1. That there be false or counterfeited coins (need not be legal tender);
2. That the offender either made, imported or uttered such coins; and
3. That, in case of uttering such false or counterfeited coins, he connives with
    counterfeiters or importers.


A coin is counterfeit, if it is forged, or if it is not authorized by the government
as legal tender, regardless if it is of intrinsic value.

Counterfeiting is the imitation of legal or genuine coin such as to deceive an ordinary
person in believing it to be genuine.

To utter is to pass counterfeited coins, deliver or give away. To import is to bring
them into port. Importation is complete even before entry at the Customs House.

This article also applies to Philippine coins, foreign state coins, and coins withdrawn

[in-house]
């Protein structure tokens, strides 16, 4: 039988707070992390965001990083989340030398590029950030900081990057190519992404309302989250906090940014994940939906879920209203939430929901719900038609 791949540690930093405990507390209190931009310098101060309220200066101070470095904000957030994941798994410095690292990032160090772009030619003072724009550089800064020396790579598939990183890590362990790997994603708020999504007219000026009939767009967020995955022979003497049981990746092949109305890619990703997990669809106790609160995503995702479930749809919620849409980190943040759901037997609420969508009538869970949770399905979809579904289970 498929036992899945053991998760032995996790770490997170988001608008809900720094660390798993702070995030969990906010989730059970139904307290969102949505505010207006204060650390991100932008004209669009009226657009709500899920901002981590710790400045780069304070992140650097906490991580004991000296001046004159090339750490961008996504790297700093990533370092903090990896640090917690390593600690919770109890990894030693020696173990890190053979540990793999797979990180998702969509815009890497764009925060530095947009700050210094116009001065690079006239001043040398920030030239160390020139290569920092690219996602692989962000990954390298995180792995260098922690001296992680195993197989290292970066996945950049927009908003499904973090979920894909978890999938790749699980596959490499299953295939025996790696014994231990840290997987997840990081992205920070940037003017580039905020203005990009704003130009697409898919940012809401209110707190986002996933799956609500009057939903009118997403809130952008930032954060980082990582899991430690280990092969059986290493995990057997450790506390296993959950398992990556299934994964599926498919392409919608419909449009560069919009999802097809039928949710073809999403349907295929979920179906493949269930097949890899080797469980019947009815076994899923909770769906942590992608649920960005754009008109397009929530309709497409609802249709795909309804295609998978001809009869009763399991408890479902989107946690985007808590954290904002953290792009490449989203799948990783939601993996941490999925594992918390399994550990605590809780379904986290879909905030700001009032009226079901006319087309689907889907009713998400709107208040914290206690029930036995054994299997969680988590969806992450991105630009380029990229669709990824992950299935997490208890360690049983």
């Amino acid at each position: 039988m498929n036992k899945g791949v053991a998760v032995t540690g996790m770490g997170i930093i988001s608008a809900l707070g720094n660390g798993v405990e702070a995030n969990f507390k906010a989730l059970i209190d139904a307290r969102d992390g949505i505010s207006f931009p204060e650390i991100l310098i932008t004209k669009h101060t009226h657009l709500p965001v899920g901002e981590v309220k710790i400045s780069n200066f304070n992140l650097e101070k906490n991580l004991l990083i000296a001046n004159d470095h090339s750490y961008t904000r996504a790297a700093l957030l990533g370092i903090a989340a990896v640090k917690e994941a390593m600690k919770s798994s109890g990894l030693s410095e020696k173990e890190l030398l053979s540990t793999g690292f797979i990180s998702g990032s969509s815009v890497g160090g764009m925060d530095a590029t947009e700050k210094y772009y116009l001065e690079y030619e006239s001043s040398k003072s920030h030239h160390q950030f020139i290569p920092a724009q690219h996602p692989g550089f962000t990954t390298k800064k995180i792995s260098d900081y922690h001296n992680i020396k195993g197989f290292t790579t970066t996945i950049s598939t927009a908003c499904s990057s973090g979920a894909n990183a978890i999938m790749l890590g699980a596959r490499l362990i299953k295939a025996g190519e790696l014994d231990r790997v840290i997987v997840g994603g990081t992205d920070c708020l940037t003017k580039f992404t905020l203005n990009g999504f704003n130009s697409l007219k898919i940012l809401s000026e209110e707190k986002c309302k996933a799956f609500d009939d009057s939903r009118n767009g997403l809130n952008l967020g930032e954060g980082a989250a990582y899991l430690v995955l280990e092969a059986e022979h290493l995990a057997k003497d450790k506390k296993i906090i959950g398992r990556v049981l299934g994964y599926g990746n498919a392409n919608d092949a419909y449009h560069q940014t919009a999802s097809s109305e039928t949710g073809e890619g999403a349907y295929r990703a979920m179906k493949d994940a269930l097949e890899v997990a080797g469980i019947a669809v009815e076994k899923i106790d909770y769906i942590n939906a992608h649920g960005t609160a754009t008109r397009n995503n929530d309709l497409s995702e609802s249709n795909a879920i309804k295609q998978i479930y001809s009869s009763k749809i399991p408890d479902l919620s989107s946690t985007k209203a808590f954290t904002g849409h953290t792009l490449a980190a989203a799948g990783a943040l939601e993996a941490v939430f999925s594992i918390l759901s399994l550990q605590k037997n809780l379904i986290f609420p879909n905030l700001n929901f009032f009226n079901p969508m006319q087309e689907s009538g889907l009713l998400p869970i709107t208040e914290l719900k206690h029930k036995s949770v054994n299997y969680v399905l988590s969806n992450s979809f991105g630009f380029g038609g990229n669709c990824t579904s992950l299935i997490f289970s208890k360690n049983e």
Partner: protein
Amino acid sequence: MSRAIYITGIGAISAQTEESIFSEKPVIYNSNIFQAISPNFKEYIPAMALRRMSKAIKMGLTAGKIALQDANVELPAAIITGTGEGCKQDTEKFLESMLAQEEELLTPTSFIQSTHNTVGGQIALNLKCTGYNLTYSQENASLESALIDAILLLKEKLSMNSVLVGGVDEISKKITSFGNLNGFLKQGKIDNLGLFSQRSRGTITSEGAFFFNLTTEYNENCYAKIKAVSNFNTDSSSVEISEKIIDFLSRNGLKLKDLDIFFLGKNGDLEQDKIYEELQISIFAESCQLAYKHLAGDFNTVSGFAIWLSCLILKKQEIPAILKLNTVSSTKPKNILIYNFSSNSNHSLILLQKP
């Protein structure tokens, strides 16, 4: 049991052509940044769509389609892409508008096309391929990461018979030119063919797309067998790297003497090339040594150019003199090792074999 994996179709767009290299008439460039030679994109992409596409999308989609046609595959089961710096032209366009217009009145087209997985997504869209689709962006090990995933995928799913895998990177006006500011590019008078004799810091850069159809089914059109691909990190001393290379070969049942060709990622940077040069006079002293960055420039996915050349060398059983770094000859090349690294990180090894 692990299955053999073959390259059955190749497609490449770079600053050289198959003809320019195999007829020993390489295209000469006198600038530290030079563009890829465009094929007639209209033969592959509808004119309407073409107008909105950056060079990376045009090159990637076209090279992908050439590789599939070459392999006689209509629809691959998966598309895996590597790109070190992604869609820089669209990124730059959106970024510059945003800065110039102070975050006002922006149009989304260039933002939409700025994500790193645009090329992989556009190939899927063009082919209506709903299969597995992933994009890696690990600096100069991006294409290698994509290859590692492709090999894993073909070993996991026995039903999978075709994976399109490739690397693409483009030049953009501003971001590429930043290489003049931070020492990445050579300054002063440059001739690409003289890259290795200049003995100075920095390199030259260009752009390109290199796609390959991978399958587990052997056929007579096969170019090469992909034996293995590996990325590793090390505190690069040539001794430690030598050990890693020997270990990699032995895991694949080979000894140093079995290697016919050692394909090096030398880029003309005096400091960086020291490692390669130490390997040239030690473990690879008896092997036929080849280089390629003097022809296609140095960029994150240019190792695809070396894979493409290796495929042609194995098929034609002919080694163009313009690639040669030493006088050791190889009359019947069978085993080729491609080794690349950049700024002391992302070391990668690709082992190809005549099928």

from circulation. This does not require that the coins counterfeited be legal tender.

Kinds of coins the counterfeiting of which is punished
   - Silver coins of the Philippines or coins of the Central Bank of the Philippines;
   - Coins of the minor coinage of the Philippines or of the Central Bank of the Philippines;
   - Coin of the currency of a foreign country.

People vs. Kong Leon, 48 OG 664
   Former coins withdrawn from circulation may be counterfeited under Art 163 because
   of the harm that may be caused to the public in case it goes into circulation again.